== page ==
KAR, S.; PAL, R. & BHARATI, D. R. Understanding non-compiance with WHO-multidrug therapy among leprosy patients in Assam, India. Jornal of Neurosciences in Rural Practice, 1(1): 9-13, 2010.

KERR-PONTES, L. R.; BARRETO, M. L.; EVANGELISTA, C. M.; RODRIGUES, L.C.; HEUKELBACH, J.; FELDMEIER, H. Socioeconomic, environmental, and behavioural risk factors for leprosy in Northeast Brazil: results of a case-control study. International Journal of Epidemiology, 35(4): 994-1000, 2006.

KUMAR, R. B. C.; SINGHASIVANON, P.; MEHAISAVARIYA, P.; KAEWKUNGWAL, J.; SHERCHAND, J. B.; PEERAPAKORN, S.; MAHOTARN, K. Gender differences in epidemiological factors associated with treatment completion status of leprosy patients in the most hyperendemic district of Nepal. Southeast Asian Journal of Tropical Medicine and Public Health, 35(2): 334-339, 2004.

LOCKWOOD, D. & SUNEETHA, S. Leprosy: too complex a disease for a simple elimination paradigm. Bulletin of the World Health Organization, 83(3): 230-235, 2005.

NSAGHA, D. S.; BAMGBOYE, E. A. & OYEDIRAN, A. B. O. O. Operational barrier to the implementation of multidrug therapy and leprosy elimination in cameroon. Indian Journal Dermatol Venereol Leprol, 75 (5): 469-475, 2009.

NATAL, S.; VALENTE, J.; GERHARDIT, G.; PENNA, M.L. Modelo de predição para o abandono do tratamento da tuberculose pulmonar. Boletim de Pneumologia Sanitária, 7(1): 65-78, 1999.

RAO, P. S. A study on non adherence to MDT among leprosy patients. Indian journal leprosy, 80: 149-154, 2008.

TRINDADE, L. C.; ZAMORA, A. R. N.; MENDES, M. S.; CAMPOS, G. P.; AQUINO, J. A. P.; CANTÍDIO, M. M.; HEUKELBACH, J. Fatores associados ao abandono do tratamento da hanseníase em João Pessoa, Estado de Paraíba. Cadernos Saúde Coletiva, 17(1): 51-65, 2009.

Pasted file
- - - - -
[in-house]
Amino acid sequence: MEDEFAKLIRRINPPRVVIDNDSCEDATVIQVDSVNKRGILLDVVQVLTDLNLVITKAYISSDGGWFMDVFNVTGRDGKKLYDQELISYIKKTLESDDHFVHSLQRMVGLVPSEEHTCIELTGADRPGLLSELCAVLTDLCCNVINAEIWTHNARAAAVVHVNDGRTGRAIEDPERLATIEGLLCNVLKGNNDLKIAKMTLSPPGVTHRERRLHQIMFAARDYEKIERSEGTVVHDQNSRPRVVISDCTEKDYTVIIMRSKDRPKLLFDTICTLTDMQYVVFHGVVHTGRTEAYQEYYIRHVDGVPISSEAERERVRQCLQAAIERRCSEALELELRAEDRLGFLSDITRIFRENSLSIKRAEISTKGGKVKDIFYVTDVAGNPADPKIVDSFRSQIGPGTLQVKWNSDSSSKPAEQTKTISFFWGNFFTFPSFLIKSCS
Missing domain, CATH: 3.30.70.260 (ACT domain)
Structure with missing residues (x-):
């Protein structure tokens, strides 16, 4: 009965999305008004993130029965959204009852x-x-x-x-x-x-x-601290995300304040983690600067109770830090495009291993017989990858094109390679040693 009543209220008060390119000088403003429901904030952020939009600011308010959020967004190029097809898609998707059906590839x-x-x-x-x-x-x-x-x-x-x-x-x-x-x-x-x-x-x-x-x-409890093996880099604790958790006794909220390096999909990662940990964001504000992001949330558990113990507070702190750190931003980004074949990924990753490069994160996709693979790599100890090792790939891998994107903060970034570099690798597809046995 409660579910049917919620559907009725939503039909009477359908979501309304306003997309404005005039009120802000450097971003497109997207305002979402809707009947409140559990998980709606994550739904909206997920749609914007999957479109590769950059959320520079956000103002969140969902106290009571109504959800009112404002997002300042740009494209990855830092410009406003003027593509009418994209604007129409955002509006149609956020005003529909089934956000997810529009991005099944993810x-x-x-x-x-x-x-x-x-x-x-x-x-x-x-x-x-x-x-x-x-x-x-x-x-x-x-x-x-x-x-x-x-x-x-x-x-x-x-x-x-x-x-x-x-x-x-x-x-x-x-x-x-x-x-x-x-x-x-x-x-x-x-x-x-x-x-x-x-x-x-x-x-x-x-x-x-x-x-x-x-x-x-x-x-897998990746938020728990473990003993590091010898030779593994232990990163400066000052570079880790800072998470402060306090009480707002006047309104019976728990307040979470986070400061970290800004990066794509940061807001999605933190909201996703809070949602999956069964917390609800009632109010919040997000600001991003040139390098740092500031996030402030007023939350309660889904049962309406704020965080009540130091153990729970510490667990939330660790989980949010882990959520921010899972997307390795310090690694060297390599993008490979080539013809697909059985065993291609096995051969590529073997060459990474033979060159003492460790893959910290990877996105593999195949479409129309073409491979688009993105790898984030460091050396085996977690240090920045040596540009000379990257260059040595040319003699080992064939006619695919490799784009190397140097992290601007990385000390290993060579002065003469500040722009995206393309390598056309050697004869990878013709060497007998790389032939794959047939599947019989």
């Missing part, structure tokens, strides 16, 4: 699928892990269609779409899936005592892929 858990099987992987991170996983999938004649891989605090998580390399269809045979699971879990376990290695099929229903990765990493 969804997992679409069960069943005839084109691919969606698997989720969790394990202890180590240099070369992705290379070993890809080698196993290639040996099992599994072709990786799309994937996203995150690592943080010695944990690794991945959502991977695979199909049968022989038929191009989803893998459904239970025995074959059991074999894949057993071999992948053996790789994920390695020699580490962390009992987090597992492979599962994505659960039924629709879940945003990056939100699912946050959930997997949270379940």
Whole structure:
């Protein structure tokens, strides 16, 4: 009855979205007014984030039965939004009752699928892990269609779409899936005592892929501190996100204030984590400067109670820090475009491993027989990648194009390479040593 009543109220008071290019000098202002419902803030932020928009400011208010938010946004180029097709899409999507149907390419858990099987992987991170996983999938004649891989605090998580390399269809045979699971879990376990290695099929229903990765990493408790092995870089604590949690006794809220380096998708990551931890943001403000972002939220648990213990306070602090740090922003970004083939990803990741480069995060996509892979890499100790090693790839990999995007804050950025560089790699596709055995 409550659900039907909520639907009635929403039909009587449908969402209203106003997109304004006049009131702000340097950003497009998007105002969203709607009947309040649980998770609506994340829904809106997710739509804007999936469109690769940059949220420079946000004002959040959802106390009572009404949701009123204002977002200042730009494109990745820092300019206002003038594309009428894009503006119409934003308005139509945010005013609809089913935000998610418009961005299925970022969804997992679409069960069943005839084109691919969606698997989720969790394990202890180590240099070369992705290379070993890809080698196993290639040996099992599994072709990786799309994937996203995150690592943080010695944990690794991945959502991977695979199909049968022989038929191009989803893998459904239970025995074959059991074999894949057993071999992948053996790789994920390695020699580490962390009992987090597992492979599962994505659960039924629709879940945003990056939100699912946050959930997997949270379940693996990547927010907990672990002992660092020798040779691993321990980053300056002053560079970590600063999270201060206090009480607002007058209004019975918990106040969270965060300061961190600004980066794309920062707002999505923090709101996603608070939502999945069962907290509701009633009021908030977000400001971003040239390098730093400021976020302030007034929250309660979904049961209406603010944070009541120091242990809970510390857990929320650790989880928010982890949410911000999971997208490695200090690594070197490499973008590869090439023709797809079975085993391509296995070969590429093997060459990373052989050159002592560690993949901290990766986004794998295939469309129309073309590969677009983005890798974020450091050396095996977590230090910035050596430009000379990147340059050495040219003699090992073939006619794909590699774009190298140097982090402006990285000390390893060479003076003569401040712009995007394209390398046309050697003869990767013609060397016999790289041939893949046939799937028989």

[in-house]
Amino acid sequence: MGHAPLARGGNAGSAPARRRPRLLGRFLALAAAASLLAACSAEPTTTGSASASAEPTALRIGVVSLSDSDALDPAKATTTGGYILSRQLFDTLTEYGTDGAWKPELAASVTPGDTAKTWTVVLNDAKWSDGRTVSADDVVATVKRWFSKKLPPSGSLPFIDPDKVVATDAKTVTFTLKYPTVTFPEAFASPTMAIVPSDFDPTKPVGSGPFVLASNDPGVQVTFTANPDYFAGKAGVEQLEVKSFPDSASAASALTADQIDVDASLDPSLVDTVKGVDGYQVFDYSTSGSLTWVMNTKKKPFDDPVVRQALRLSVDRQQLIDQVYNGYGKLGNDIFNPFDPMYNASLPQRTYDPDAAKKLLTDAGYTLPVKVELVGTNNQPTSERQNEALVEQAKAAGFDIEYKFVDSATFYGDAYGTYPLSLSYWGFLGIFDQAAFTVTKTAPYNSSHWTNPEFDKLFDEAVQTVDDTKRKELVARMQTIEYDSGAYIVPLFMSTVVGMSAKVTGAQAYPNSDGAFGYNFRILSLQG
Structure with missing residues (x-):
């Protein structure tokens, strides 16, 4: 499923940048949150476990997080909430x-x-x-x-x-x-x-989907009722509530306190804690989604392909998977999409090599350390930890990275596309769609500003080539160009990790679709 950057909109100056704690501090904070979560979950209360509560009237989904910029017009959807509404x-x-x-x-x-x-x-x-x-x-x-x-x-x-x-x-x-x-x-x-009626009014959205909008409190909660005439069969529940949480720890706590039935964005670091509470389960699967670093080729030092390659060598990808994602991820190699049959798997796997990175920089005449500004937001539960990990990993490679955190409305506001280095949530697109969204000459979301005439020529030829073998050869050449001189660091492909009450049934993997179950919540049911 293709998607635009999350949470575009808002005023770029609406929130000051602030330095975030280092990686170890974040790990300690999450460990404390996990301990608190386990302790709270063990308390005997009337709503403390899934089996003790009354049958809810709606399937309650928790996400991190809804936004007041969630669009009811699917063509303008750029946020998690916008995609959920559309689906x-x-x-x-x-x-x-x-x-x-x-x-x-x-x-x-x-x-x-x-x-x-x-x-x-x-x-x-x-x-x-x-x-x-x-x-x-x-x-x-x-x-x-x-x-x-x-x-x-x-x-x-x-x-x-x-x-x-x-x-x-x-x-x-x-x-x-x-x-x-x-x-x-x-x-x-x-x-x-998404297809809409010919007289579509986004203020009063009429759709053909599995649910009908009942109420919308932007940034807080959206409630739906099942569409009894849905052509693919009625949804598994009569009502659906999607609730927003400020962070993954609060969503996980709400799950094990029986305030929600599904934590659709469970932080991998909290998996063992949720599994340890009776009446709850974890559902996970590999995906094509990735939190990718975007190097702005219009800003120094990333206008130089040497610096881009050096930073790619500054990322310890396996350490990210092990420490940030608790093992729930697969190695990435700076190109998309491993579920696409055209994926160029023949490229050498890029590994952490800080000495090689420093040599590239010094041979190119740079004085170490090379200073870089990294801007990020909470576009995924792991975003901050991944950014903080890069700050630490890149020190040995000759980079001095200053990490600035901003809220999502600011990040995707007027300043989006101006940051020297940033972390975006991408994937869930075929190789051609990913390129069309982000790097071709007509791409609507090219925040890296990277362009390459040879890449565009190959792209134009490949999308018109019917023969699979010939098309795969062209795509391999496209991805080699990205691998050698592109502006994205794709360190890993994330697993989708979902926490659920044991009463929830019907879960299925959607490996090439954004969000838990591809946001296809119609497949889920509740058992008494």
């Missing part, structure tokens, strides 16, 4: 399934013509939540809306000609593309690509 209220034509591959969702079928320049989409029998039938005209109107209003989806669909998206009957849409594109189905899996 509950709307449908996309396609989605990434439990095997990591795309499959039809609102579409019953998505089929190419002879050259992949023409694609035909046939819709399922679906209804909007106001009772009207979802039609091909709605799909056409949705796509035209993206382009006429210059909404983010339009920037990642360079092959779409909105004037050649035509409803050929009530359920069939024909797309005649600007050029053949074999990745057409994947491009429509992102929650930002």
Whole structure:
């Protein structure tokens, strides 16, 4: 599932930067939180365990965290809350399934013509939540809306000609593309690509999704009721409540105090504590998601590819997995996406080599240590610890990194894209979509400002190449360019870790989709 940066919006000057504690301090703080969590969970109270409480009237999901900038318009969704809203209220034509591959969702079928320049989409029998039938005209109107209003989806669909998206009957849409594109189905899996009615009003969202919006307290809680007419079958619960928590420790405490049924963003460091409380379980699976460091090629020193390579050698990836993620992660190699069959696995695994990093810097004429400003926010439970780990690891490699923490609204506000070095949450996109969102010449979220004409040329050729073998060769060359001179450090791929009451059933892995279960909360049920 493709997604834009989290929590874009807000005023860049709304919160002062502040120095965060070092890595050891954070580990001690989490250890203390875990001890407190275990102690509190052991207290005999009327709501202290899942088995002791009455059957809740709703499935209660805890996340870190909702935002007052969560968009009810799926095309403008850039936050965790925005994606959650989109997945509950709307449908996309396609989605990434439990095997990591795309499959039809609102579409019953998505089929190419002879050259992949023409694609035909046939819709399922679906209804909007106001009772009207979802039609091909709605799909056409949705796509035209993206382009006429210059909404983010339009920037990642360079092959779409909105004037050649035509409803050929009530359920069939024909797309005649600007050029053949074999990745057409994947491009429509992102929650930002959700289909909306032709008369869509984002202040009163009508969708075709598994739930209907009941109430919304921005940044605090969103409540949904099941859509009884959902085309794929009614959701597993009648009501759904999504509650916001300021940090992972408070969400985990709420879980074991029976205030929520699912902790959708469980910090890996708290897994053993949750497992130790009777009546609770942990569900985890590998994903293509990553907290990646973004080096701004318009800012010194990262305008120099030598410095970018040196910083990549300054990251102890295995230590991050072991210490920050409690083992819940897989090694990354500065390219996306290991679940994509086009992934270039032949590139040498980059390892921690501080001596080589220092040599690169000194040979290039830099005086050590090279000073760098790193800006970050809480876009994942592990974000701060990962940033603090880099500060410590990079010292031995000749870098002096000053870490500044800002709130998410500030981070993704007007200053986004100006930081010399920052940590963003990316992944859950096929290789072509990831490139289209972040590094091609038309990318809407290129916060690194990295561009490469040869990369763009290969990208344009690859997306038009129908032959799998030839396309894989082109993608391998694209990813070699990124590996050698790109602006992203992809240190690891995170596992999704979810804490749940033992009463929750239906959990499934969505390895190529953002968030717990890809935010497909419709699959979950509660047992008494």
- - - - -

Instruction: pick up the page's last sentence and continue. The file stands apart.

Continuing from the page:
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Filed under Infectious Disease, Leprosy, Mozambique, Postcards

Outbreaks: Chikungunya outbreak in the Republic of Congo

JIDC Outbreaks

JIDC is introducing a new section of our Blog, Outbreaks.  Outbreaks will report on current infectious outbreaks worldwide and will include a summary of scientific information and /or epidemiology concerning the pathogen.  If you have an outbreak to report or a summary you would like to see posted, please contact me at akelvin@jidc.org

Outbreak:  Chikungunya Outbreak in the Republic of Congo

Chikungunya fever is a crippling disease caused by an arthropod-borne virus (arbovirus) transmitted to humans through mosquitoes.  Although Chikungunya virus is not often associated with mortality, the effects of virus outbreaks are often devastating, causing significant economic loss.  The recent outbreak of Chikungunya fever in the Republic of Congo has reported thousands of people affected. 

 

Outbreak of Chikungunya in the Republic of Congo